No one I have ever met likes taking pills, and yet to treat Parkinson’s effectively, there is no way around it for the common patient. Patients must also understand that Parkinson’s disease affects each person differently, so each patient is treated differently and different medications will be used accordingly.

My drug therapy has been conservative, according to my neurologist. For example, one medication at a time is added at the time of my checkup, if needed. This is done so that the physician is able to correctly identify which medication a patient reacts to should side effects occur. This can be a much safer procedure than starting with eight pills, three times a day, and working backward.

Pharmaceutical companies would go out of business if they were not constantly coming up with improvements to the treatments already available on the market. That, in and of itself, says the medical field is making progress in creating treatments for PD and other diseases.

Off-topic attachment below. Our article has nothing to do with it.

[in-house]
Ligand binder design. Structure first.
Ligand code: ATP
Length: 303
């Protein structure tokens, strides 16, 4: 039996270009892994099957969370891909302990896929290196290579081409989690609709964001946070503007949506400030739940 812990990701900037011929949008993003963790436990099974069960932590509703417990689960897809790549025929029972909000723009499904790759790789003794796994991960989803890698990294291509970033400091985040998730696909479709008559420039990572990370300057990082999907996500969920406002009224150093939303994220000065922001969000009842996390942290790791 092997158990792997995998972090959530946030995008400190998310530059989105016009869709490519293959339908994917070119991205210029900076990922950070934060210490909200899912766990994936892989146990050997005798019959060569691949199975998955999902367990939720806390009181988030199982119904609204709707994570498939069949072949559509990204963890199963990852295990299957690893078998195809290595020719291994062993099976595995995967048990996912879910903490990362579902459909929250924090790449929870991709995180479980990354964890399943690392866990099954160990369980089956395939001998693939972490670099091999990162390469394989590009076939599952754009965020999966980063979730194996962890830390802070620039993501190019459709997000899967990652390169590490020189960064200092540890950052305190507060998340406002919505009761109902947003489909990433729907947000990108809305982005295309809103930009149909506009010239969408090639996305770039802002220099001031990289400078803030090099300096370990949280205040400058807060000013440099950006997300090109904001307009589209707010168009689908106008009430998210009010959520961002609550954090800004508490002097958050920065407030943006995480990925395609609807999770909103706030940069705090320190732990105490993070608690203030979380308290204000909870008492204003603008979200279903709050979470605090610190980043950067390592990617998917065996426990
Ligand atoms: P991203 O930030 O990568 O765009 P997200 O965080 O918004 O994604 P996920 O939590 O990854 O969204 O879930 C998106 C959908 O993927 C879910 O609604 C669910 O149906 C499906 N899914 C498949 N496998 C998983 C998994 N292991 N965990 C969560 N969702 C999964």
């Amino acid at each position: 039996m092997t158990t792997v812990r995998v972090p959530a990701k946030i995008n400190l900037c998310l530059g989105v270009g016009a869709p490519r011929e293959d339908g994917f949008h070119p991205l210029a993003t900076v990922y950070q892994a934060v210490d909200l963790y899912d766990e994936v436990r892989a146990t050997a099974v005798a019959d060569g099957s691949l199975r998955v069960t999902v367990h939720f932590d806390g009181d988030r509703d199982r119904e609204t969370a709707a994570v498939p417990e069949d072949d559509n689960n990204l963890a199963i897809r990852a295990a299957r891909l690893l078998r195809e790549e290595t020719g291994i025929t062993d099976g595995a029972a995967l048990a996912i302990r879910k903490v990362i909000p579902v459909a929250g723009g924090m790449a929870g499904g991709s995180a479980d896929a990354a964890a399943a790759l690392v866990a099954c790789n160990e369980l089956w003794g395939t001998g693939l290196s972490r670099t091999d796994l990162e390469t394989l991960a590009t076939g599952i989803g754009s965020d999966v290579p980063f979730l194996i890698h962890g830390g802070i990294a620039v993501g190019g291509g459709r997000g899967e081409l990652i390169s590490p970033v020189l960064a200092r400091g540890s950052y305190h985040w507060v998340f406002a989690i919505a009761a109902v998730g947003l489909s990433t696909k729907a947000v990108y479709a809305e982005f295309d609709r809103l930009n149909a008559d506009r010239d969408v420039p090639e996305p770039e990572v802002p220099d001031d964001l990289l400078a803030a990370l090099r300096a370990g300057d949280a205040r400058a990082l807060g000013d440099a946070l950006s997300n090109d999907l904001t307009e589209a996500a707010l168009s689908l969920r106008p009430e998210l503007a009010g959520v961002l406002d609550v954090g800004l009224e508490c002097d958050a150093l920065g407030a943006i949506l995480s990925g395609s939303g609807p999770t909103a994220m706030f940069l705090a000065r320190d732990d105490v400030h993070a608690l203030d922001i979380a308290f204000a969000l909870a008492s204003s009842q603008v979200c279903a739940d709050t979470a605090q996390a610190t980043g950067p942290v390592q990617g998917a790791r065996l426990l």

While I said earlier that PD is incurable, it is treatable. Treatable, however, will look different for you than it does for me or another patient. Some will be behind you in their progression of the disease, some ahead. It also depends on how each individual doctor believes or thinks the disease should be best treated. As you can see, many different factors come into play when a physician must come up with a custom treatment that best suits a patient.